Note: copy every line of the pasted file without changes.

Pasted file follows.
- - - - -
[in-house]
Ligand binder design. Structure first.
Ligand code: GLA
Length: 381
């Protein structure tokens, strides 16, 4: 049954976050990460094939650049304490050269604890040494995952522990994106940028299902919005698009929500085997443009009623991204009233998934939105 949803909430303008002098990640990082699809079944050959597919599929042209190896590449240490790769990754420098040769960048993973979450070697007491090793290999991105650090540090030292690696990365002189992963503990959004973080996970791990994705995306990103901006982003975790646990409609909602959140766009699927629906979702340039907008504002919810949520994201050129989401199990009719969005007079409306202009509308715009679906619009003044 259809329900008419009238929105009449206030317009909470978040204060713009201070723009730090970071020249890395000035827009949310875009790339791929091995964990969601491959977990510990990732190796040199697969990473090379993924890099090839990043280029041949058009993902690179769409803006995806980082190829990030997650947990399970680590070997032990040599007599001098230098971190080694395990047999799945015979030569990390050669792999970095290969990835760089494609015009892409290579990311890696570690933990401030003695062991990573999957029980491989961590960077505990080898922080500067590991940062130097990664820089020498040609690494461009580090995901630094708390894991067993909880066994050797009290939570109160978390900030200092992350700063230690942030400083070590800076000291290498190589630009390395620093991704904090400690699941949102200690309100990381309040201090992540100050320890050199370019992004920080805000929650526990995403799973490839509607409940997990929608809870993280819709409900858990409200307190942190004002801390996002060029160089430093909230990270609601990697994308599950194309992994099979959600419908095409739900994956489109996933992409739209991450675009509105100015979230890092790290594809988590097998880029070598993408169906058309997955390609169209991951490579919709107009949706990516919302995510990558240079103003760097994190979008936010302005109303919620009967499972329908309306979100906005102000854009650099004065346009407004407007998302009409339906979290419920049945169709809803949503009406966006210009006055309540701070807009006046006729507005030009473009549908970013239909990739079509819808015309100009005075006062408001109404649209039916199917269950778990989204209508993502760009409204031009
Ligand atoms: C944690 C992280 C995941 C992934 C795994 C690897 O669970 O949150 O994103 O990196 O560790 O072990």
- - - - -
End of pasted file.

[in-house]
Ligand binder design. Structure first.
Ligand code: GLA
Length: 381
């Protein structure tokens, strides 16, 4: 049954976050990460094939650049304490050269604890040494995952522990994106940028299902919005698009929500085997443009009623991204009233998934939105 949803909430303008002098990640990082699809079944050959597919599929042209190896590449240490790769990754420098040769960048993973979450070697007491090793290999991105650090540090030292690696990365002189992963503990959004973080996970791990994705995306990103901006982003975790646990409609909602959140766009699927629906979702340039907008504002919810949520994201050129989401199990009719969005007079409306202009509308715009679906619009003044 259809329900008419009238929105009449206030317009909470978040204060713009201070723009730090970071020249890395000035827009949310875009790339791929091995964990969601491959977990510990990732190796040199697969990473090379993924890099090839990043280029041949058009993902690179769409803006995806980082190829990030997650947990399970680590070997032990040599007599001098230098971190080694395990047999799945015979030569990390050669792999970095290969990835760089494609015009892409290579990311890696570690933990401030003695062991990573999957029980491989961590960077505990080898922080500067590991940062130097990664820089020498040609690494461009580090995901630094708390894991067993909880066994050797009290939570109160978390900030200092992350700063230690942030400083070590800076000291290498190589630009390395620093991704904090400690699941949102200690309100990381309040201090992540100050320890050199370019992004920080805000929650526990995403799973490839509607409940997990929608809870993280819709409900858990409200307190942190004002801390996002060029160089430093909230990270609601990697994308599950194309992994099979959600419908095409739900994956489109996933992409739209991450675009509105100015979230890092790290594809988590097998880029070598993408169906058309997955390609169209991951490579919709107009949706990516919302995510990558240079103003760097994190979008936010302005109303919620009967499972329908309306979100906005102000854009650099004065346009407004407007998302009409339906979290419920049945169709809803949503009406966006210009006055309540701070807009006046006729507005030009473009549908970013239909990739079509819808015309100009005075006062408001109404649209039916199917269950778990989204209508993502760009409204031009
Ligand atoms: C944690 C992280 C995941 C992934 C795994 C690897 O669970 O949150 O994103 O990196 O560790 O072990």